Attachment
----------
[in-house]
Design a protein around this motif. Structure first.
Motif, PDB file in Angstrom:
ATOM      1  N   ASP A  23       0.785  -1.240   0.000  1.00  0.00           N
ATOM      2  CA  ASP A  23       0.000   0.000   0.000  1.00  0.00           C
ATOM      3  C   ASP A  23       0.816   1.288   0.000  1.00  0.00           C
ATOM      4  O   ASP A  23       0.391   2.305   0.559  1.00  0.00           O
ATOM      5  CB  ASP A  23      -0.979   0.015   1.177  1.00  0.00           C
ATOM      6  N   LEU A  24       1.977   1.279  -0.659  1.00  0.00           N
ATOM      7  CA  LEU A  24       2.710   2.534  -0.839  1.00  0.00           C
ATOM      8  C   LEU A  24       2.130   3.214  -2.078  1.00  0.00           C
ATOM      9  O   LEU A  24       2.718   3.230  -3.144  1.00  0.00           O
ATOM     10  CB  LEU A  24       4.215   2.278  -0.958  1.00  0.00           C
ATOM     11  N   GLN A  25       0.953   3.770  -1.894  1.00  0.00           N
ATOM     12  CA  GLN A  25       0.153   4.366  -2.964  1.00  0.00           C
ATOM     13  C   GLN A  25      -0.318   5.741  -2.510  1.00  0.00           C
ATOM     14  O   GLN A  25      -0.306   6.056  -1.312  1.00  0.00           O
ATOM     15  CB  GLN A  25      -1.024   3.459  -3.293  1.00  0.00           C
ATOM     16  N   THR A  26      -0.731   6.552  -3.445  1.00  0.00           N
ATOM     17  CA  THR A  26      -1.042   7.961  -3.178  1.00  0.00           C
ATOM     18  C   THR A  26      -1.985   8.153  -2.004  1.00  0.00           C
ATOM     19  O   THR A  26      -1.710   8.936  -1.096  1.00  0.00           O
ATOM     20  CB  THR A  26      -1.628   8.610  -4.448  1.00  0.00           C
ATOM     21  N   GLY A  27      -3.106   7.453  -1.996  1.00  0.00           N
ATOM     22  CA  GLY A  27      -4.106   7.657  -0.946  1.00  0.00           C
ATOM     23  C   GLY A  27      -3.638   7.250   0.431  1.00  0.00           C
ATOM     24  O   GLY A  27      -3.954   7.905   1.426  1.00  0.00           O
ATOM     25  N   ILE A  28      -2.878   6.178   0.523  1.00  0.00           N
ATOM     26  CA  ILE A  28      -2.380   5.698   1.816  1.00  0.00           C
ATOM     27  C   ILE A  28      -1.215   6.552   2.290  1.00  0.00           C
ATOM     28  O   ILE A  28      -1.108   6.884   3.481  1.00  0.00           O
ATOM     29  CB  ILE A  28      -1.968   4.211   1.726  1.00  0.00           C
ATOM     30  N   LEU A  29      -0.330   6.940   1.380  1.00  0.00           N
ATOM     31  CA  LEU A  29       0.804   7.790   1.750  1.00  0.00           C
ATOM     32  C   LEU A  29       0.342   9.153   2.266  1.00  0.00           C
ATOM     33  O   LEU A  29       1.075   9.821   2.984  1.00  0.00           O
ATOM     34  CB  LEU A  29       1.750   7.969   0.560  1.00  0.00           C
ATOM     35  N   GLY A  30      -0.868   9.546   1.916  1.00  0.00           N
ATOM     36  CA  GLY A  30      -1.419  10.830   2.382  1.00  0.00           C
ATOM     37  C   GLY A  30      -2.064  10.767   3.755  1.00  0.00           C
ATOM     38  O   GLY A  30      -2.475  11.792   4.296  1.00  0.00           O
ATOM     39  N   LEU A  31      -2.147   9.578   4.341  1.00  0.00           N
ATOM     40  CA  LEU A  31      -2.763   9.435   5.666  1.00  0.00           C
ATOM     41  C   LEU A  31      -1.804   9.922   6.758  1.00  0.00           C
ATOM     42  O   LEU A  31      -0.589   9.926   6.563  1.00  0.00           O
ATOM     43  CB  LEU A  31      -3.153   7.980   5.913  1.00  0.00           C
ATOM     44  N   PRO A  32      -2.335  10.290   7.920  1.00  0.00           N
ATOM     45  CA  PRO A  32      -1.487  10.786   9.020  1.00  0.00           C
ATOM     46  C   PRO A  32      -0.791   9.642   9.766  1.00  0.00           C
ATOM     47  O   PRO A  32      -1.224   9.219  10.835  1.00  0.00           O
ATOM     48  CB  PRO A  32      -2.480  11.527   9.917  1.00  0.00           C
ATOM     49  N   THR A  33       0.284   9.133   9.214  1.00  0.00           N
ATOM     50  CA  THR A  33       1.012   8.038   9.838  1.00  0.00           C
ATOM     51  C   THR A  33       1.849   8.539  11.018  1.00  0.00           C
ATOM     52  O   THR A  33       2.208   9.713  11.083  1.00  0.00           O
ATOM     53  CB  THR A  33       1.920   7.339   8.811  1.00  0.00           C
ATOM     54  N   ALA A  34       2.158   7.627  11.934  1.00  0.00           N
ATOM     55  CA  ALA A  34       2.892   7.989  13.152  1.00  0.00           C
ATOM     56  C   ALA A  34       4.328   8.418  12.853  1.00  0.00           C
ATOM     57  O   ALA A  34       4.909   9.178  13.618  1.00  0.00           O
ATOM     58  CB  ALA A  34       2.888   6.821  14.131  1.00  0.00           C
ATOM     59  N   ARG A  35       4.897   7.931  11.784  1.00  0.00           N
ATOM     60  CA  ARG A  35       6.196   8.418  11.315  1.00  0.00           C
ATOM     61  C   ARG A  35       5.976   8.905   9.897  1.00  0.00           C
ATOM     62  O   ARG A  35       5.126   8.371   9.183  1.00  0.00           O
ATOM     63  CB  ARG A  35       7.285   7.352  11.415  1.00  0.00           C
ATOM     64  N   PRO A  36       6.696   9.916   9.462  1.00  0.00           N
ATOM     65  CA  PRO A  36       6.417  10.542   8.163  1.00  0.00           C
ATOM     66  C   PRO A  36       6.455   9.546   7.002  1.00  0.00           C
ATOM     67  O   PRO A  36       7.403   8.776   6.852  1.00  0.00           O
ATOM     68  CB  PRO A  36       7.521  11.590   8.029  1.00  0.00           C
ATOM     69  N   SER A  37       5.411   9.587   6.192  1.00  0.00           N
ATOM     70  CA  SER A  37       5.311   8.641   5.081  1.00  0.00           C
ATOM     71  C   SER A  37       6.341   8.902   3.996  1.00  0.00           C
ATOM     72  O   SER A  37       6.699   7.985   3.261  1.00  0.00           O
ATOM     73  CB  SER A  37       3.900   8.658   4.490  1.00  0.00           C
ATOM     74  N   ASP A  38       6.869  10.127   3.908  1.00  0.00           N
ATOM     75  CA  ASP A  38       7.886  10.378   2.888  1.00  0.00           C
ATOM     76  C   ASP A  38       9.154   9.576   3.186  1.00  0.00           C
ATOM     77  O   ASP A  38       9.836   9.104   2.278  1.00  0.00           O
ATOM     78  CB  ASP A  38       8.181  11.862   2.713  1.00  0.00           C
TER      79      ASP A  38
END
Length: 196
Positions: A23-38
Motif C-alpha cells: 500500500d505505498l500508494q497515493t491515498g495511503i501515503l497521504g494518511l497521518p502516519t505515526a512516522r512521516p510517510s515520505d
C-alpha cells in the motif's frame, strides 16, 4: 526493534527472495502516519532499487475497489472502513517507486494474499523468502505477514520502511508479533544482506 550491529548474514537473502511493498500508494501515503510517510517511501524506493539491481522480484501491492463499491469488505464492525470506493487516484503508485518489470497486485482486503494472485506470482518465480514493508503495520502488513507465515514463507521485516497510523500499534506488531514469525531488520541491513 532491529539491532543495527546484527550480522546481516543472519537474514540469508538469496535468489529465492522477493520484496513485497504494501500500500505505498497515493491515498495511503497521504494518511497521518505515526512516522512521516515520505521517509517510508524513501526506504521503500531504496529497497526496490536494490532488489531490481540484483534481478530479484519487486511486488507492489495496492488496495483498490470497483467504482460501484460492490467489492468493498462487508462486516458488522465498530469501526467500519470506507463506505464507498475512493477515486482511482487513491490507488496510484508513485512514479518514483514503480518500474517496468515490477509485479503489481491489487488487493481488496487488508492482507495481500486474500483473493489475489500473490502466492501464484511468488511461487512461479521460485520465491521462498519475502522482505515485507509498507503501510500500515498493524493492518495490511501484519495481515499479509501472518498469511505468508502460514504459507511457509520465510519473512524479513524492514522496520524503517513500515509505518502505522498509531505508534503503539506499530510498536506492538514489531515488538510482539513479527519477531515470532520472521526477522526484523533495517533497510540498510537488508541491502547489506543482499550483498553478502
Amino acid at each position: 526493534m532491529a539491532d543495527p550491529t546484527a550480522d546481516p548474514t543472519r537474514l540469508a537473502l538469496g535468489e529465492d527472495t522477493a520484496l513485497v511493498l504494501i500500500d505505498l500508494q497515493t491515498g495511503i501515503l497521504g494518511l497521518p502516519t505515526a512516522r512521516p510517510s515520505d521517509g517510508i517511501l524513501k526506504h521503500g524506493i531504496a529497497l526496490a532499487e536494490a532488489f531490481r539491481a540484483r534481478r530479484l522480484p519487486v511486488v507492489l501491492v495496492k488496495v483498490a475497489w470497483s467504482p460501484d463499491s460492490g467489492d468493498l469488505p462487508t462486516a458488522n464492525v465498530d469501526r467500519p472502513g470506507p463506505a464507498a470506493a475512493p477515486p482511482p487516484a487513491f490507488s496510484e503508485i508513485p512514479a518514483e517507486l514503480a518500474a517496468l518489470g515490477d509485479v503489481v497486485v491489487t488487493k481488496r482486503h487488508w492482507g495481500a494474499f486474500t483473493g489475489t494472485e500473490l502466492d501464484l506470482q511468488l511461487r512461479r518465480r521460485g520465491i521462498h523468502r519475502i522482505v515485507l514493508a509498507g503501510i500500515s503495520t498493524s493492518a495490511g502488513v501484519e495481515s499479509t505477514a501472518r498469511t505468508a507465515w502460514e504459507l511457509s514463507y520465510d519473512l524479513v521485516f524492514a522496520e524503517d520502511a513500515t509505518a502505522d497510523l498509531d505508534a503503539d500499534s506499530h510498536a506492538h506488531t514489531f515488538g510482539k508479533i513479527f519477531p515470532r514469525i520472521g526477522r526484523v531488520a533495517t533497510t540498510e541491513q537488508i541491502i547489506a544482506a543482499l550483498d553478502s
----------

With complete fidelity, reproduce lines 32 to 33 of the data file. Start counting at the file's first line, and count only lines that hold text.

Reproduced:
ATOM     29  CB  ILE A  28      -1.968   4.211   1.726  1.00  0.00           C
ATOM     30  N   LEU A  29      -0.330   6.940   1.380  1.00  0.00           N